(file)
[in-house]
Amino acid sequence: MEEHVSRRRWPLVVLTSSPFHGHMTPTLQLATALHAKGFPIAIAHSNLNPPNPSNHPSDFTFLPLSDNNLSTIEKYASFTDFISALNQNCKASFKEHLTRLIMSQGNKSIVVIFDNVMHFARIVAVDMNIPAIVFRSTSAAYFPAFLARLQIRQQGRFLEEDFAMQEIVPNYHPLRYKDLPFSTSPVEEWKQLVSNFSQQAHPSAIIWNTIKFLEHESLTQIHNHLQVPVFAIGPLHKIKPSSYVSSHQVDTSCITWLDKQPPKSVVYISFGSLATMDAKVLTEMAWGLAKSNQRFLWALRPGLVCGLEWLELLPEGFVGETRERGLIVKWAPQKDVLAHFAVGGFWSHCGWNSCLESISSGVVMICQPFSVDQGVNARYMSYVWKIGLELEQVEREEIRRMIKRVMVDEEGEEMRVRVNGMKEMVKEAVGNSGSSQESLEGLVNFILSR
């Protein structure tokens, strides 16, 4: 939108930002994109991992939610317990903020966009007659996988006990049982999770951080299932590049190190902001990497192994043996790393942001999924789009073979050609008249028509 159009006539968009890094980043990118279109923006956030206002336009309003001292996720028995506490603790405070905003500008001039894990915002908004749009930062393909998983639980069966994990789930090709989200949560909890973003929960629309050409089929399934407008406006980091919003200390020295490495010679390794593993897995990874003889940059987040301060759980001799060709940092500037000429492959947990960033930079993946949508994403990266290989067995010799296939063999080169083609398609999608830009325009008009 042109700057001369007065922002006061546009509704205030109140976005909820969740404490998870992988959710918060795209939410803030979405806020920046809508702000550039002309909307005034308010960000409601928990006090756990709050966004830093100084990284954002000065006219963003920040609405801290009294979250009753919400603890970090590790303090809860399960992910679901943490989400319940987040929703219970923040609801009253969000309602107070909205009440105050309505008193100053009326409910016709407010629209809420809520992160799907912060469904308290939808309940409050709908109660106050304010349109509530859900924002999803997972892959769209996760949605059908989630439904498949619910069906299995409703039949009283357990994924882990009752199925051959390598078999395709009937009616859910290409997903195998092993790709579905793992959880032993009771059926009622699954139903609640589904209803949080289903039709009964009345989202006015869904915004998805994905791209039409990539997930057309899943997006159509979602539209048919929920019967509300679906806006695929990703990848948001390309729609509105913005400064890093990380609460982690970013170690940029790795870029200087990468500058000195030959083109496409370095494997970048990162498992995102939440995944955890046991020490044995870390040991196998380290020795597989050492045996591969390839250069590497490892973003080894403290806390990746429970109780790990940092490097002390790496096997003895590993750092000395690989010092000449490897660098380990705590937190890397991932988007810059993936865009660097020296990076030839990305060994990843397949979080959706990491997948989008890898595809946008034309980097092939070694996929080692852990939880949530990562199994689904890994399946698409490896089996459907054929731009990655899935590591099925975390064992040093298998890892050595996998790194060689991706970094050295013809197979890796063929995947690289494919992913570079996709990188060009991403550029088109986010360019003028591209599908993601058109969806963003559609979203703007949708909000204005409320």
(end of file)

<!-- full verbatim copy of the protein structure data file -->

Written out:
[in-house]
Amino acid sequence: MEEHVSRRRWPLVVLTSSPFHGHMTPTLQLATALHAKGFPIAIAHSNLNPPNPSNHPSDFTFLPLSDNNLSTIEKYASFTDFISALNQNCKASFKEHLTRLIMSQGNKSIVVIFDNVMHFARIVAVDMNIPAIVFRSTSAAYFPAFLARLQIRQQGRFLEEDFAMQEIVPNYHPLRYKDLPFSTSPVEEWKQLVSNFSQQAHPSAIIWNTIKFLEHESLTQIHNHLQVPVFAIGPLHKIKPSSYVSSHQVDTSCITWLDKQPPKSVVYISFGSLATMDAKVLTEMAWGLAKSNQRFLWALRPGLVCGLEWLELLPEGFVGETRERGLIVKWAPQKDVLAHFAVGGFWSHCGWNSCLESISSGVVMICQPFSVDQGVNARYMSYVWKIGLELEQVEREEIRRMIKRVMVDEEGEEMRVRVNGMKEMVKEAVGNSGSSQESLEGLVNFILSR
């Protein structure tokens, strides 16, 4: 939108930002994109991992939610317990903020966009007659996988006990049982999770951080299932590049190190902001990497192994043996790393942001999924789009073979050609008249028509 159009006539968009890094980043990118279109923006956030206002336009309003001292996720028995506490603790405070905003500008001039894990915002908004749009930062393909998983639980069966994990789930090709989200949560909890973003929960629309050409089929399934407008406006980091919003200390020295490495010679390794593993897995990874003889940059987040301060759980001799060709940092500037000429492959947990960033930079993946949508994403990266290989067995010799296939063999080169083609398609999608830009325009008009 042109700057001369007065922002006061546009509704205030109140976005909820969740404490998870992988959710918060795209939410803030979405806020920046809508702000550039002309909307005034308010960000409601928990006090756990709050966004830093100084990284954002000065006219963003920040609405801290009294979250009753919400603890970090590790303090809860399960992910679901943490989400319940987040929703219970923040609801009253969000309602107070909205009440105050309505008193100053009326409910016709407010629209809420809520992160799907912060469904308290939808309940409050709908109660106050304010349109509530859900924002999803997972892959769209996760949605059908989630439904498949619910069906299995409703039949009283357990994924882990009752199925051959390598078999395709009937009616859910290409997903195998092993790709579905793992959880032993009771059926009622699954139903609640589904209803949080289903039709009964009345989202006015869904915004998805994905791209039409990539997930057309899943997006159509979602539209048919929920019967509300679906806006695929990703990848948001390309729609509105913005400064890093990380609460982690970013170690940029790795870029200087990468500058000195030959083109496409370095494997970048990162498992995102939440995944955890046991020490044995870390040991196998380290020795597989050492045996591969390839250069590497490892973003080894403290806390990746429970109780790990940092490097002390790496096997003895590993750092000395690989010092000449490897660098380990705590937190890397991932988007810059993936865009660097020296990076030839990305060994990843397949979080959706990491997948989008890898595809946008034309980097092939070694996929080692852990939880949530990562199994689904890994399946698409490896089996459907054929731009990655899935590591099925975390064992040093298998890892050595996998790194060689991706970094050295013809197979890796063929995947690289494919992913570079996709990188060009991403550029088109986010360019003028591209599908993601058109969806963003559609979203703007949708909000204005409320």